SEGD Looks Forward with New Descriptor

In a move that acknowledges the role of experience, new media, and technology in the future of design, SEGD—the multidisciplinary design community whose members create experiences that connect people to place—has added “Experiential” to its descriptor and mission.
SEGD’s Board of Directors recently voted to change SEGD’s descriptor from Society for Environmental Graphic Design to Society for Experiential Graphic Design.
“This change recognizes the transformation our design discipline has been undergoing for years,” says Amy Lukas, President of SEGD and Partner at Infinite Scale. “With the addition of the word ‘Experiential,’ we have broadened the description of what we represent to express the much-expanded scope of work that our members have already been doing for the past 10 years.”
SEGD’s mission statement was changed in early 2013 to reflect the importance of experience design to the discipline. Coupled with the new mission statement, the change in SEGD’s description reflects the fact that “while it is still graphic communication that holds all of the practitioners in this field together, it is the creation of experiences that sets our members apart from print communication or website designers.” says past President Peter Dixon (Prophet).
Lukas says the word “environmental” has taken on a different context today than in 1973, when the founders of SEGD first gathered to share best practices about a new discipline rooted in architectural signage. With the advent of the sustainability movement, SEGD members have often discussed the potential for changing the association’s descriptor to better reflect the evolution of the discipline.
“Today, the scope of environmental graphic design encompasses ever-more complex projects and integrates new media and digital technologies,” says Lukas. “Thanks to these technologies and the Internet, designers can add layers of content and enhanced information, connecting people with the history and ambience of the space as well as creating a sense of place and helping them find their way. In this new era, both are possible and more often than not, both are demanded by clients.”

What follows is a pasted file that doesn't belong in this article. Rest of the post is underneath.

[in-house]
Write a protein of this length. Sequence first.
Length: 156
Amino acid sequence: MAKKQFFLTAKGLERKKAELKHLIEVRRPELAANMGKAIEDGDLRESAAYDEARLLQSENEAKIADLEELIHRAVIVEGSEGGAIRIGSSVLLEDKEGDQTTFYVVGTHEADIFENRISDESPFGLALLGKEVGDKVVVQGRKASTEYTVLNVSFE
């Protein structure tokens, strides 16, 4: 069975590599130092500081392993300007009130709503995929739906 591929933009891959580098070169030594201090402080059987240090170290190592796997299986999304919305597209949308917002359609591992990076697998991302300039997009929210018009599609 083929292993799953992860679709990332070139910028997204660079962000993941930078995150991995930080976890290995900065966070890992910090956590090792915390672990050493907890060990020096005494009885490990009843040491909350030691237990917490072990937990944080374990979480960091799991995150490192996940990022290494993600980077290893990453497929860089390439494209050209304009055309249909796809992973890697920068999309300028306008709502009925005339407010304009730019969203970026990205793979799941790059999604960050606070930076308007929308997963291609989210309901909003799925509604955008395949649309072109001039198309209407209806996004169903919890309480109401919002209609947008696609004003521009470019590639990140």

SEGD’s founders and past presidents wholeheartedly support the change.
“This is a wonderful example of an organization that recognizes and embraces change,” says John Berry, an SEGD founder who is now executive director of Design West Michigan. “Such a need was the genesis for the original creation of SEGD. So, this very good move is right in keeping with the philosophical/professional base.”
Co-founder Richard Burns (the GNU Group), says the change reflects the creative shifts that have been occurring in the field. “The entire profession is embracing the dramatic changes that have come to our profession and all of our members are reaping the opportunities for creative expression that come with experiential design. Changing the name makes all the sense in the world.”
“The impact of new media will totally transform the definition of environmental design in the next few years,” says Patrick Gallagher (Gallagher & Associates), past SEGD president. “There is not a design firm in our industry that will not look completely different in the next five years, and those who don't realize it will find themselves unprepared to meet the demands of future communications.”
SEGD was established in 1973 as a professional community for designers creating architectural signage. In the ensuing four decades, SEGD has extended beyond its roots in signage to encompass a broad spectrum of visual communications in the built environment, from wayfinding to branded environments, public art, and exhibition design.
Clive Roux, SEGD’s CEO, says the integration of digital technologies into the built world will continue to significantly impact the skill sets and project teams required for experiential graphic design projects.
“Static visual communications work much like print, as a one-way controlled process that delivers a message at a precise point to help guide you in the environment. Digital technologies bring the potential for expanding from one-way instructional communication to the delivery of content and a two-way dialogue between the user and the technologies,” he notes. “Treated in a sensitive way, through design, it holds the potential to significantly improve the physical experience.”
“With their strong foundational skills in multidisciplinary collaboration, information design, and user-centered design, environmental graphic designers are in the best position to create a compelling interface between people and place,” he adds. “Our new mission and focus underscore the trajectory they are already traveling.”



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